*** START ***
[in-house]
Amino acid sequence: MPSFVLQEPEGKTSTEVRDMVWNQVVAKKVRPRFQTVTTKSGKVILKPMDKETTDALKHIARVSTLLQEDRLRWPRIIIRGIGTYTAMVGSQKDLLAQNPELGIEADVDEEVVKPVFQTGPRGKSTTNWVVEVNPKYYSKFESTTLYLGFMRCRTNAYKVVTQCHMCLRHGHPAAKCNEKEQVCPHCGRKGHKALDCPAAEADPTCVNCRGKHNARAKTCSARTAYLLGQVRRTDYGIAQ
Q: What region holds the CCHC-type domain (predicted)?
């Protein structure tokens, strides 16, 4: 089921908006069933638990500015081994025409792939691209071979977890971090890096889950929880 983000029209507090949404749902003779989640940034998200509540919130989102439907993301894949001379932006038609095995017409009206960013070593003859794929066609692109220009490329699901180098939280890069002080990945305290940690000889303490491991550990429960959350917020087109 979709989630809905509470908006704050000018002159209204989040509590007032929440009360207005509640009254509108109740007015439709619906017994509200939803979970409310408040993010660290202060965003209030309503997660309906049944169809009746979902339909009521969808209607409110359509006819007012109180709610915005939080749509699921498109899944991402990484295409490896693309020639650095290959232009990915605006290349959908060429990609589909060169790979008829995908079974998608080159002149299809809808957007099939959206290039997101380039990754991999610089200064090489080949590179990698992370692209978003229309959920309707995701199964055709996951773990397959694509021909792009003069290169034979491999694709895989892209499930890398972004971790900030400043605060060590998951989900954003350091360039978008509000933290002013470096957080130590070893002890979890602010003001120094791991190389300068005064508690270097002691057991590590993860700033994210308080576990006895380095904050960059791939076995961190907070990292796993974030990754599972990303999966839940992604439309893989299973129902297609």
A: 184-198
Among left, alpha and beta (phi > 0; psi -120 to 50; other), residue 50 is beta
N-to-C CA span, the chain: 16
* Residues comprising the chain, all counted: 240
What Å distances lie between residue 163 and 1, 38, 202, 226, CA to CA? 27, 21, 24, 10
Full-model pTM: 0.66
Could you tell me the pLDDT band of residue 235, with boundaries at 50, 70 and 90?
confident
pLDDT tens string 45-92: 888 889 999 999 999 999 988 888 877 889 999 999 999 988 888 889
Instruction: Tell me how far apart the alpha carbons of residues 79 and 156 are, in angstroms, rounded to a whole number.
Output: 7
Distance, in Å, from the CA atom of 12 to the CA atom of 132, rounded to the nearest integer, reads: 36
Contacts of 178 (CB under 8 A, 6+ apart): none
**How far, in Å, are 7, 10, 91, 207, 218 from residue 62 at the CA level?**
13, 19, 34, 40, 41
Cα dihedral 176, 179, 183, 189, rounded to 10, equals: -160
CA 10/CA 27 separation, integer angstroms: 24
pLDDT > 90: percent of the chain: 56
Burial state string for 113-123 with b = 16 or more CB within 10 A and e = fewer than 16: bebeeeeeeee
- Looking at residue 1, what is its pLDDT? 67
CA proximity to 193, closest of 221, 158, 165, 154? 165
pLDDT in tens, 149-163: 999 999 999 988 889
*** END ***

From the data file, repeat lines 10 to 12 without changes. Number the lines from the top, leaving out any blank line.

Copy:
Full-model pTM: 0.66
Could you tell me the pLDDT band of residue 235, with boundaries at 50, 70 and 90?
confident